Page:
Saturday, December 3 2016

VietNamNews

Private sector must innovate to compete

Update: February, 17/2016 - 08:30
Employees work at Trung Dung Limited Company, which manufactures elastic bands and thread in Ha Noi's Thanh Tri Dictrict. The company has nearly 200 workers, who earn between VND4 million (USVND3,982,305) and VND5 million (VND4,966,695) per month. — VNA/VNS Photo Thanh Ha

HA NOI (VNS) — Private firms should be more dynamic in developing linkages and production chains to sharpen competitive edges as the country was underway to integrate deeply into the global economy.

Viet Nam recognised the private sector as an important economic driver and planned to raise stronger support for private firms to grow in the economy which witnessed disappointing reforms of State-owned enterprises (SOEs), even as the foreign direct investment (FDI) sector proved to be the most dynamic.

According to the General Statistics Office, the FDI sector accounted for roughly 70 per cent of the country's export value and 20 per cent of the national gross domestic product.

Vu Tien Loc, chairman of the Viet Nam Chamber of Commerce and Industry, said that while the FDI sector could reap rich dividends from support policies, private firms were weak with 98 per cent of them being of small and micro scale.

Even in the home market, local firms were not strong enough to become partners of their FDI counterparts, he said. This could be clearly seen in the stories that Vietnamese firms were struggling to become suppliers of foreign giants such as Samsung.

Vice Director of the Central Institute for Economic Management (CIEM) Vo Tri Thanh pointed out that not only the support industry but even the garment industry, which was considered to be one of the country's competitive advantages, faced great challenges in securing domestic supply of yarns in order to enjoy preferential tariffs brought about by free trade agreements.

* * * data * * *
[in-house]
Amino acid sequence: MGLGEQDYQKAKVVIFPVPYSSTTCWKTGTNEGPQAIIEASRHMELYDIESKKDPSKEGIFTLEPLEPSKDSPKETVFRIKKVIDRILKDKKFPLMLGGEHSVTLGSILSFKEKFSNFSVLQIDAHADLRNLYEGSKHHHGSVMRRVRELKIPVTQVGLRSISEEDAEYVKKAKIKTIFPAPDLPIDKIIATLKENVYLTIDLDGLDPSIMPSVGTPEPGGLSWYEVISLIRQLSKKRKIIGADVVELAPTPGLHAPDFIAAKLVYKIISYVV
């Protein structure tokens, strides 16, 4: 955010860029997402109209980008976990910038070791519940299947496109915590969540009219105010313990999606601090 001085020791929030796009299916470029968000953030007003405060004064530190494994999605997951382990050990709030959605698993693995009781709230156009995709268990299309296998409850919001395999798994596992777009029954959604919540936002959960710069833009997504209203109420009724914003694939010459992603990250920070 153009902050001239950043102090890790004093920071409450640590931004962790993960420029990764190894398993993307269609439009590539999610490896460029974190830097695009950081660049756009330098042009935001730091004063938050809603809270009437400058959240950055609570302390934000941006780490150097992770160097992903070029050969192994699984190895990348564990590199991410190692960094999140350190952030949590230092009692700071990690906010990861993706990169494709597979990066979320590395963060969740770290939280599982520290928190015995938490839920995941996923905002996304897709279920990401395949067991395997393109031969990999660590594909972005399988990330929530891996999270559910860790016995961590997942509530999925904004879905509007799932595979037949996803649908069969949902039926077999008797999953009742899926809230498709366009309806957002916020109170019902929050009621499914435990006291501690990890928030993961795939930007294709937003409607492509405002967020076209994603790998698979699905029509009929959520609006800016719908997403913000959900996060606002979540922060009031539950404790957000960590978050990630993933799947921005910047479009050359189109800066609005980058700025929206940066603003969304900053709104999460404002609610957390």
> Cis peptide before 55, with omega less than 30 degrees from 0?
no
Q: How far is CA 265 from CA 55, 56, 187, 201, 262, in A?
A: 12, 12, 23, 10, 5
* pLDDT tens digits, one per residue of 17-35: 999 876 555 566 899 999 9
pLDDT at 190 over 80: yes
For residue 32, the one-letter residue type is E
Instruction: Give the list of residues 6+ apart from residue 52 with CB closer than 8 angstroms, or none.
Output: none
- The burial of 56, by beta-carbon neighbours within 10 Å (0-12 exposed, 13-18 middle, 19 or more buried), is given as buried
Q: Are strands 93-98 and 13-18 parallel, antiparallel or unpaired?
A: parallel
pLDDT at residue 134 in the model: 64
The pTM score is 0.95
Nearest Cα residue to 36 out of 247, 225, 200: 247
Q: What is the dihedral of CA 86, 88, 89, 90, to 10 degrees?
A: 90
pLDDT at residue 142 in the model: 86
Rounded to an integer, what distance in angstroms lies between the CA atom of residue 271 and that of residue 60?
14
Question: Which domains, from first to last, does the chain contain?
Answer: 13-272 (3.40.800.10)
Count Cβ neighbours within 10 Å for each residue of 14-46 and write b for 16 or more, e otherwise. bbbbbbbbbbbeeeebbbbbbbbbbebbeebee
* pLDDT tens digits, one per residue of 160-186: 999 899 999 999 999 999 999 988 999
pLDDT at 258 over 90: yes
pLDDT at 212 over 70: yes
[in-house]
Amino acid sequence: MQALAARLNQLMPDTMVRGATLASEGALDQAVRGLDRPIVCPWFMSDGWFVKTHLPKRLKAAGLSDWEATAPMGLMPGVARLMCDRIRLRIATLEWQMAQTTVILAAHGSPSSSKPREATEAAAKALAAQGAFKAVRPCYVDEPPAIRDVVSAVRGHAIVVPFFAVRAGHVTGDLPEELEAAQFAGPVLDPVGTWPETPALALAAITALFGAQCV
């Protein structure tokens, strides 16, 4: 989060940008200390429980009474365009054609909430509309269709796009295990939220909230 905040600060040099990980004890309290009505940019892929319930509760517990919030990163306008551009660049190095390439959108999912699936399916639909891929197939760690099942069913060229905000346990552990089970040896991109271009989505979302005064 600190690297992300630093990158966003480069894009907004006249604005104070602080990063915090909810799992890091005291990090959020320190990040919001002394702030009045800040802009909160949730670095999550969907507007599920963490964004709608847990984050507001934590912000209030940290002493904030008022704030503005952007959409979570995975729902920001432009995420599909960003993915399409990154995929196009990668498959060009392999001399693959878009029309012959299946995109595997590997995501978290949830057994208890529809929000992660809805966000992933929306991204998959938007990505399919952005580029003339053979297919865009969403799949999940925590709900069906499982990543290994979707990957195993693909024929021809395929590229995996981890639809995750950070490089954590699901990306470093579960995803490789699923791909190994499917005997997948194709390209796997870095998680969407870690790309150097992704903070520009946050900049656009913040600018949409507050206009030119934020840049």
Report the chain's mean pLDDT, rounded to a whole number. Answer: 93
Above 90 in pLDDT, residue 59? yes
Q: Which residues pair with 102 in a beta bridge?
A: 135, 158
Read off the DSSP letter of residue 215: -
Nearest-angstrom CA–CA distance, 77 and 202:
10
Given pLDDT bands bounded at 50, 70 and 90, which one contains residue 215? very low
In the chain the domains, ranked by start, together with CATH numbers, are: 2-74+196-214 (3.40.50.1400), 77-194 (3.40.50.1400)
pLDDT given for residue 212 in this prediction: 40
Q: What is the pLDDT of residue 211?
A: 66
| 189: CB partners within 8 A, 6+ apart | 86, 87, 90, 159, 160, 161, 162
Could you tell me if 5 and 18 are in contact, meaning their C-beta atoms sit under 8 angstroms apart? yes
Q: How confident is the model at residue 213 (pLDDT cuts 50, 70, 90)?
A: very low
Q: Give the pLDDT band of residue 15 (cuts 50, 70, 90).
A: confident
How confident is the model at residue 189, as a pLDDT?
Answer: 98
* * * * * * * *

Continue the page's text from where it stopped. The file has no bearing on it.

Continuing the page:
The vulnerability of the agricultural sector in the rapid integration process due to the lack of a brand name and poor conditions was also of great concern to experts.

Loc said that enhancing competitiveness of private firms, especially those of small and medium sizes, was becoming an urgent issue.

According to Truong Dinh Tuyen, former Minister of Commerce, the nation posted an impressive growth rate of 6.8 per cent last year, with significant contributions from the FDI sector. "The growth which does not originate from internal force will hardly be firm and sustainable."

Tuyen said that competitiveness of private firms were also undermined by less preferential interest rates and greater difficulties in accessing credit, compared to SOEs.

New position

The recognition of the role of the private sector of an important driver at the 12th National Congress of the Communist Party of Viet Nam was expected to promote the institutional reform and power the development of this sector.

Tran Dinh Thien, director of the Viet Nam Economics Institute, said that this was a big difference from a State-subsided economy more than 30 years ago when the private sector was not recognised.

Thien said that the private sector should be the base to operate the market economy while the spearheads should be strong economic groups.

During the past three decades since a multi-sector economy was first mentioned in the 6th National Congress' Document, the private sector contributed significantly to the nation's economic growth.

There were around 500,000 private firms in Viet Nam, generating 1.2 million jobs and contributing more than 40 per cent to GDP per year, statistics showed.

According to the country's five-year blueprint, favourable conditions for the development of private firms would be raised to create an impetus to enhance the economy's competitiveness.

Be fair, be dynamic

National Assembly Deputies said that it was vital to promote institutional reforms towards building a strong private business community.

Deputy Ngo Thanh Danh said that incentives would be increased to encourage the private sector to participate actively in the economy with sound mechanisms for each region and each industry.

Deputy Nguyen Thanh Ngoc said the recognition of the private sector's role in the economy should be translated into government's detailed policies and supports.

According to Loc, to push the development of the private sector, besides a State policy giving equal treatment to all economic sectors, private enterprises themselves should take the initiative in renovating production technology, modernising equipment and machinery, and enhancing their business administration capacity.

Loc also urged the private sector to be more active in seeking out markets and diversifying their products and services, as the demands of markets and customers were increasingly become stricter. — VNS

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